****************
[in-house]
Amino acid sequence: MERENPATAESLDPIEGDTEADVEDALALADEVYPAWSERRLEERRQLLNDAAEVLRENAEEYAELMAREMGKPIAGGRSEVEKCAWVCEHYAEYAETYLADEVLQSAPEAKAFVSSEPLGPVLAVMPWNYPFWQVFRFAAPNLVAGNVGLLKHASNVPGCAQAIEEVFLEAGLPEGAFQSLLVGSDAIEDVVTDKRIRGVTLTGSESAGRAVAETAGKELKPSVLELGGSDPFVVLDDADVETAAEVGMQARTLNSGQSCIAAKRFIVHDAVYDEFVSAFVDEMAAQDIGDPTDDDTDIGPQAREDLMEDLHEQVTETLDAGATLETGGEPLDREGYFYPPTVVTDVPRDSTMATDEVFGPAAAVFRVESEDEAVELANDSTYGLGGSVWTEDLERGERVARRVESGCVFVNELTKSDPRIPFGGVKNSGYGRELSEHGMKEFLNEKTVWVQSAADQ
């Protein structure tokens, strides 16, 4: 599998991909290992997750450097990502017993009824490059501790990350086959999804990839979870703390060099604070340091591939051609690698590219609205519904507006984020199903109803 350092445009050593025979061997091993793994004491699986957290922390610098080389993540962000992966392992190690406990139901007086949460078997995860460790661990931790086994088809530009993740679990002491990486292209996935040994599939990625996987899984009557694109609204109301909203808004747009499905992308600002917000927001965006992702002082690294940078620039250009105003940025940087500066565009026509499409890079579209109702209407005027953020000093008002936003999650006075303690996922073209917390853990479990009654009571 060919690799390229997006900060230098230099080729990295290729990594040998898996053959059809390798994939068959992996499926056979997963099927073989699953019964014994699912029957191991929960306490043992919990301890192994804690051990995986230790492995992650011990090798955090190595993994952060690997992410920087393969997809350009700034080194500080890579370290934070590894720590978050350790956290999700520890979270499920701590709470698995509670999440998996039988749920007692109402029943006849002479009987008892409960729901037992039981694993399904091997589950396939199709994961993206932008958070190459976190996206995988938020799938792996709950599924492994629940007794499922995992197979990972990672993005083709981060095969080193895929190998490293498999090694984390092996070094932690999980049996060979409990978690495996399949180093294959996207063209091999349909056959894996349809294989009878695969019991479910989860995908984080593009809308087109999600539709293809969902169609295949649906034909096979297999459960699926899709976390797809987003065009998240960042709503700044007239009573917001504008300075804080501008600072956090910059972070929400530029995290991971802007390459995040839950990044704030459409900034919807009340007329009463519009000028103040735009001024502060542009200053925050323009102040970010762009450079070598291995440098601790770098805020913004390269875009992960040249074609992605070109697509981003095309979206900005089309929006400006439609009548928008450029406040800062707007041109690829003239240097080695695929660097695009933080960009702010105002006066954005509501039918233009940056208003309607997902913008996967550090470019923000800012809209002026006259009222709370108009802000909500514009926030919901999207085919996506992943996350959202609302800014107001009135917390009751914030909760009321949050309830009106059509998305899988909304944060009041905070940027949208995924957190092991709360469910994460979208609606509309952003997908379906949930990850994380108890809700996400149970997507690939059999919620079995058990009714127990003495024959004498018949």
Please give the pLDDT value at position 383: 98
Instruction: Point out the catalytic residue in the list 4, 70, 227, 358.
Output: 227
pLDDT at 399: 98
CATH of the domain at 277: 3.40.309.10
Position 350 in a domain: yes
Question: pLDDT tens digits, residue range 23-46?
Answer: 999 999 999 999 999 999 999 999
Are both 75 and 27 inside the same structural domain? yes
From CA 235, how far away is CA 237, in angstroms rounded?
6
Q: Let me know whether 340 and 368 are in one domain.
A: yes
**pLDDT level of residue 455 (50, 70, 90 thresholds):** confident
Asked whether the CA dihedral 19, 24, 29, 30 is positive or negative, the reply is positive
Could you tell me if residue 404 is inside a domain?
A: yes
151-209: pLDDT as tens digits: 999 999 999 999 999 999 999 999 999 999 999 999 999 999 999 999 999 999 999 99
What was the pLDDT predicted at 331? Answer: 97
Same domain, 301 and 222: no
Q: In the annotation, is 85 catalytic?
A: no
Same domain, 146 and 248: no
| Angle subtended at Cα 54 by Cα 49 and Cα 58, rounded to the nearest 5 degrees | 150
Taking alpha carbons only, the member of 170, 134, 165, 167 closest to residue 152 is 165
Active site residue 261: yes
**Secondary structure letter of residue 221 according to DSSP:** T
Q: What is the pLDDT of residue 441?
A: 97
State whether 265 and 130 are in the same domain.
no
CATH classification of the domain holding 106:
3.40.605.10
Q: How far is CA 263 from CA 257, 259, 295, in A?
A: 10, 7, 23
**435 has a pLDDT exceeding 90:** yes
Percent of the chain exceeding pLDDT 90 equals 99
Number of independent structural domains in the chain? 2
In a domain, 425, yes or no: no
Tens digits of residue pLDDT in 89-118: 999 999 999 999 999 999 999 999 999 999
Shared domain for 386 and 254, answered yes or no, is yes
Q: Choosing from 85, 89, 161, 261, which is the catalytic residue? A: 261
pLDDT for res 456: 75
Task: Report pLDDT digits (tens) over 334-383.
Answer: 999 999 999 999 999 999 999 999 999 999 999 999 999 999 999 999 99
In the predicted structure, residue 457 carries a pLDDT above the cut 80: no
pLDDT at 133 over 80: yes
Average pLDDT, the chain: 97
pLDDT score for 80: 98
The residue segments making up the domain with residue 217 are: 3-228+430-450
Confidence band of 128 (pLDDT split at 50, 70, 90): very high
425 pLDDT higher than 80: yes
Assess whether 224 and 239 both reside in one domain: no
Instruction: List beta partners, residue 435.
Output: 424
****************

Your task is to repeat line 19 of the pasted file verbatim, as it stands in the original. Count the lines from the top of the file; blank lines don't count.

Could you tell me if residue 404 is inside a domain?